From time to time a Cal Arts professor invites me up to give my take on the cartoon industry and how to break into it. Doesn't happen a lot, but I have no trouble shooting my mouth off for sixty minutes about the state of the animation business to a captive audience. Here's the condensed -- and slightly revised -- version of what I said yesterday:
Getting into the animation biz. There's a thousand different routes. If you have the right skill-sets the industry is looking for, it's way easier than if you don't. It's also easier if the industry is expanding rather than contracting, but not impossible either way. New blood flows in under all situations, it just flows more freely when the cartoon business is robust.
Know what your workplace rights are. Under the Fair Labor Standards Act of 1938 (as amended), you are either an employee who is exempt from overtime requirements ("time and a half after forty hours worked", etc.) or you are non-exempt (meaning they've got to pay you, no matter what.) Some of the divisions might surprise you. Designers and board artists and other who create "original images" are exempt under regulations; "animators" are non-exempt.
In my experience, many studios ignore regulations, sometimes purposely, more often because managers don't pay attention. I don't advocate jumping up and down over every infraction that happens to you, but it's a good idea to know your rights so that you can push back if abuses are chronic.
The days of decades-long employment at one company are over. Today the watch word is "project to project." If you luck out and work on The Simpsons for twenty years, bully for you. But you probably won't. Build a network of friends and allies. Accept the reality that you will be moving around a lot.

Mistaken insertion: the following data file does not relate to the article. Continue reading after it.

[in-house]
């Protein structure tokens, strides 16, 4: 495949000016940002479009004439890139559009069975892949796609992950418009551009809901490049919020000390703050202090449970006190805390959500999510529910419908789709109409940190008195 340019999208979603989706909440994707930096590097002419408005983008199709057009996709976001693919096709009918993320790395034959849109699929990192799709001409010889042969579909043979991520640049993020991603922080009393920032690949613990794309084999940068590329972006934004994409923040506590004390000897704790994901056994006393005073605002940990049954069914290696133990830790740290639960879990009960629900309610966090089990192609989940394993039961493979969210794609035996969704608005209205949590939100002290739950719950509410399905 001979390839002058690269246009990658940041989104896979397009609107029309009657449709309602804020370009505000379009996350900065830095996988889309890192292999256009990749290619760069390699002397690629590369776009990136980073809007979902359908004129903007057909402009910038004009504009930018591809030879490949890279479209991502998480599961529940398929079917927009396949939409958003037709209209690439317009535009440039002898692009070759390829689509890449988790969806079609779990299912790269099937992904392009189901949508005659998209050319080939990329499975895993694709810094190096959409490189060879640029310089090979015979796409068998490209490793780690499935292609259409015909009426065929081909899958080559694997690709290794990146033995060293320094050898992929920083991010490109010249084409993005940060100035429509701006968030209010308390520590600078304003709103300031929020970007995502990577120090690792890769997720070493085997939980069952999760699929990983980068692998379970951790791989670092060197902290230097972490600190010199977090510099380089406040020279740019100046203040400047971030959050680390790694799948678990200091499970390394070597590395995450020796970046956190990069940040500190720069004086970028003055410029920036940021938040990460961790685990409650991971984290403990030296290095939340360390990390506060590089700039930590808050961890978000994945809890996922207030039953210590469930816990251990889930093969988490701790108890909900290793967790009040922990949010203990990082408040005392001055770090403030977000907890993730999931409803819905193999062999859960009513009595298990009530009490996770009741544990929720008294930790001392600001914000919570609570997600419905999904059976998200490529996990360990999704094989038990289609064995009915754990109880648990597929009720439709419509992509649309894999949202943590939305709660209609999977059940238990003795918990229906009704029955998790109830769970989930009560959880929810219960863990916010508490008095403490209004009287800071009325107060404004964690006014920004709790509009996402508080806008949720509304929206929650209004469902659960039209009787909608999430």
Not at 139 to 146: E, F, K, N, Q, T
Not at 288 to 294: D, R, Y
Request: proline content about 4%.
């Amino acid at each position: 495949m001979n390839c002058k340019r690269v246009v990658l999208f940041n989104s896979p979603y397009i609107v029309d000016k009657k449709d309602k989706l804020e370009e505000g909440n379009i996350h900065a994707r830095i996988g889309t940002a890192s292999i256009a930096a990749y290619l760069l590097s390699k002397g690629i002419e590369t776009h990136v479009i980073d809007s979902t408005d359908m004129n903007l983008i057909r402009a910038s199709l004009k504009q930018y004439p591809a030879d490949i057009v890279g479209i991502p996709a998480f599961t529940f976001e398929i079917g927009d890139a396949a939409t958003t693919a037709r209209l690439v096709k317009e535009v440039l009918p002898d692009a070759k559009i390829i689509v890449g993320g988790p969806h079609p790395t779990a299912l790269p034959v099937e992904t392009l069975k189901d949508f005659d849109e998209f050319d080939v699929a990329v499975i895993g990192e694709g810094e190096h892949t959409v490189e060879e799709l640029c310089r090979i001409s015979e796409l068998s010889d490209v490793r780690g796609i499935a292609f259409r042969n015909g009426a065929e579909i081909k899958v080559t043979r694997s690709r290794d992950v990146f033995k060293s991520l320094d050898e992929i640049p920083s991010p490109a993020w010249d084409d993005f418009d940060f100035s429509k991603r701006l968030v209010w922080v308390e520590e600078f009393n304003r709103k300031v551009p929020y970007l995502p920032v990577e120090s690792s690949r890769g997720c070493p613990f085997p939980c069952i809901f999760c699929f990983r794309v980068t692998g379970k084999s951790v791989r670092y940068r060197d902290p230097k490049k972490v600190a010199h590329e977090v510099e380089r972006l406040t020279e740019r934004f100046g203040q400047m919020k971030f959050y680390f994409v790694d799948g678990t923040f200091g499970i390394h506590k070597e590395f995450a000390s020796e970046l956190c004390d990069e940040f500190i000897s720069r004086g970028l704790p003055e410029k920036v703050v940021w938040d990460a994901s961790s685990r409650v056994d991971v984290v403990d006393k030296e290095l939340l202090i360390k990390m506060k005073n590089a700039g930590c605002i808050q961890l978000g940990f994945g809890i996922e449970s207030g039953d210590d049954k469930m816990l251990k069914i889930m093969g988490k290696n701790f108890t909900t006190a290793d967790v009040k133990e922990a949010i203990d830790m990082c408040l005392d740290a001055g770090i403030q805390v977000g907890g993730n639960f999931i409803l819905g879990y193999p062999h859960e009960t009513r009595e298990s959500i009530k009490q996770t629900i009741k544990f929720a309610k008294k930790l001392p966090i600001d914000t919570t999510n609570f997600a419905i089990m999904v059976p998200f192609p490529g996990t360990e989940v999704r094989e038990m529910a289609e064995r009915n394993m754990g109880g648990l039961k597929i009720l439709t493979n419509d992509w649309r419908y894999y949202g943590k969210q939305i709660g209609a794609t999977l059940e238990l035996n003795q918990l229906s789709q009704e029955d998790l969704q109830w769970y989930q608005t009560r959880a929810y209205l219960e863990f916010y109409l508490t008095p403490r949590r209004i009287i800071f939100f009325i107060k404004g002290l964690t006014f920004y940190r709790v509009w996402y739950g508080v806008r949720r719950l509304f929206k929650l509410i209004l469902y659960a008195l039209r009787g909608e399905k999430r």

Learn to play well with others. Getting along with peers and supervisors is essential for career longevity. The great artist who is a pain to be around, who fights, complains and argues, will be working far less than the merely good artist who everybody likes because he's pleasant, supportive and helpful.
Unions and union contracts are useful to work under. Obviously I'm prejudiced here, but the statistics are compelling. For most, working in the unionized part of the biz will mean you'll have a bunch more money at the end of your career.
You will need luck, a good work ethic and talent to succeed in the animation business. If you have more of one of those things you probably will need less of the other two.
That, in essence, was what I told all the bright-eyed youngsters. Nobody ran screaming from the room.